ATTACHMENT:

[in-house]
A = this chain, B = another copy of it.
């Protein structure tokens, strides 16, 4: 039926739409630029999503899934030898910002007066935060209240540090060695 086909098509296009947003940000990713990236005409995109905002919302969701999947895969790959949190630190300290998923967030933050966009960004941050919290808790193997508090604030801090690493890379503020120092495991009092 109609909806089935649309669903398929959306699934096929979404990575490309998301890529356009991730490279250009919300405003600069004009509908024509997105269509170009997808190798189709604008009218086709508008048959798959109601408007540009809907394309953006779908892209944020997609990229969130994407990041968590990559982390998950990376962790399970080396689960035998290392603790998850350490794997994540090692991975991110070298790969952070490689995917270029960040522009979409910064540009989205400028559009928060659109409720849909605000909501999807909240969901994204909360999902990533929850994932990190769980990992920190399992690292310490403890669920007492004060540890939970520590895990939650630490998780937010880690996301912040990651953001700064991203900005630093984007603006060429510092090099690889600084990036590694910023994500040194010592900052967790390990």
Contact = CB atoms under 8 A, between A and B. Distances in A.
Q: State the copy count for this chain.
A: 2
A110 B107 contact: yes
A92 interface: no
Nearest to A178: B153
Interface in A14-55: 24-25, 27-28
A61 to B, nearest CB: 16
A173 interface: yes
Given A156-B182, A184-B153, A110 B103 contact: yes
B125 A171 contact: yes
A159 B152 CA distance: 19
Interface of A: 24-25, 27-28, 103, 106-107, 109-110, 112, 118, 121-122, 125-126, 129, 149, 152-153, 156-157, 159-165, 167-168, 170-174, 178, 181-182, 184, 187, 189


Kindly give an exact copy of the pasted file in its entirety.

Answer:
[in-house]
A = this chain, B = another copy of it.
């Protein structure tokens, strides 16, 4: 039926739409630029999503899934030898910002007066935060209240540090060695 086909098509296009947003940000990713990236005409995109905002919302969701999947895969790959949190630190300290998923967030933050966009960004941050919290808790193997508090604030801090690493890379503020120092495991009092 109609909806089935649309669903398929959306699934096929979404990575490309998301890529356009991730490279250009919300405003600069004009509908024509997105269509170009997808190798189709604008009218086709508008048959798959109601408007540009809907394309953006779908892209944020997609990229969130994407990041968590990559982390998950990376962790399970080396689960035998290392603790998850350490794997994540090692991975991110070298790969952070490689995917270029960040522009979409910064540009989205400028559009928060659109409720849909605000909501999807909240969901994204909360999902990533929850994932990190769980990992920190399992690292310490403890669920007492004060540890939970520590895990939650630490998780937010880690996301912040990651953001700064991203900005630093984007603006060429510092090099690889600084990036590694910023994500040194010592900052967790390990």
Contact = CB atoms under 8 A, between A and B. Distances in A.
Q: State the copy count for this chain.
A: 2
A110 B107 contact: yes
A92 interface: no
Nearest to A178: B153
Interface in A14-55: 24-25, 27-28
A61 to B, nearest CB: 16
A173 interface: yes
Given A156-B182, A184-B153, A110 B103 contact: yes
B125 A171 contact: yes
A159 B152 CA distance: 19
Interface of A: 24-25, 27-28, 103, 106-107, 109-110, 112, 118, 121-122, 125-126, 129, 149, 152-153, 156-157, 159-165, 167-168, 170-174, 178, 181-182, 184, 187, 189